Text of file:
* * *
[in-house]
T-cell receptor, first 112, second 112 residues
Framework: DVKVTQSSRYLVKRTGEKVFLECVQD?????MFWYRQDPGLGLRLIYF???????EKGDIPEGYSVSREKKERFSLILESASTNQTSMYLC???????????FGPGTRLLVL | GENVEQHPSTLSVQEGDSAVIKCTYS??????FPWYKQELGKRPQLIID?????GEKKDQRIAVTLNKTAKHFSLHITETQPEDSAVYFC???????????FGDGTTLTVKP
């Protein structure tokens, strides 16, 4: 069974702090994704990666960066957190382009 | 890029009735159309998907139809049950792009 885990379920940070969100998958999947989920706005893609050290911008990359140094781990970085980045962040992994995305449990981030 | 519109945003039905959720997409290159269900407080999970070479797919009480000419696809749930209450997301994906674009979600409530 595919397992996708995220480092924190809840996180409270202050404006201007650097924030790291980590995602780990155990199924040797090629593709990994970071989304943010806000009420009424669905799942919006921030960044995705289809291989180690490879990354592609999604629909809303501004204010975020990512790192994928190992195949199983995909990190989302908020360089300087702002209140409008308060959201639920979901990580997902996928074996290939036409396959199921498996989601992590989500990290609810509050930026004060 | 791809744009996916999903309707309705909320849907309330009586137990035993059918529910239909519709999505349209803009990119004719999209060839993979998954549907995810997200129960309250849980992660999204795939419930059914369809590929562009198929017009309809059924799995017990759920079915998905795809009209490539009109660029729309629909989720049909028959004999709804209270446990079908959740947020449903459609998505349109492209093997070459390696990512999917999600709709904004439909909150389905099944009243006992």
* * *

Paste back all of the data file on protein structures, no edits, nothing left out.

[in-house]
T-cell receptor, first 112, second 112 residues
Framework: DVKVTQSSRYLVKRTGEKVFLECVQD?????MFWYRQDPGLGLRLIYF???????EKGDIPEGYSVSREKKERFSLILESASTNQTSMYLC???????????FGPGTRLLVL | GENVEQHPSTLSVQEGDSAVIKCTYS??????FPWYKQELGKRPQLIID?????GEKKDQRIAVTLNKTAKHFSLHITETQPEDSAVYFC???????????FGDGTTLTVKP
């Protein structure tokens, strides 16, 4: 069974702090994704990666960066957190382009 | 890029009735159309998907139809049950792009 885990379920940070969100998958999947989920706005893609050290911008990359140094781990970085980045962040992994995305449990981030 | 519109945003039905959720997409290159269900407080999970070479797919009480000419696809749930209450997301994906674009979600409530 595919397992996708995220480092924190809840996180409270202050404006201007650097924030790291980590995602780990155990199924040797090629593709990994970071989304943010806000009420009424669905799942919006921030960044995705289809291989180690490879990354592609999604629909809303501004204010975020990512790192994928190992195949199983995909990190989302908020360089300087702002209140409008308060959201639920979901990580997902996928074996290939036409396959199921498996989601992590989500990290609810509050930026004060 | 791809744009996916999903309707309705909320849907309330009586137990035993059918529910239909519709999505349209803009990119004719999209060839993979998954549907995810997200129960309250849980992660999204795939419930059914369809590929562009198929017009309809059924799995017990759920079915998905795809009209490539009109660029729309629909989720049909028959004999709804209270446990079908959740947020449903459609998505349109492209093997070459390696990512999917999600709709904004439909909150389905099944009243006992």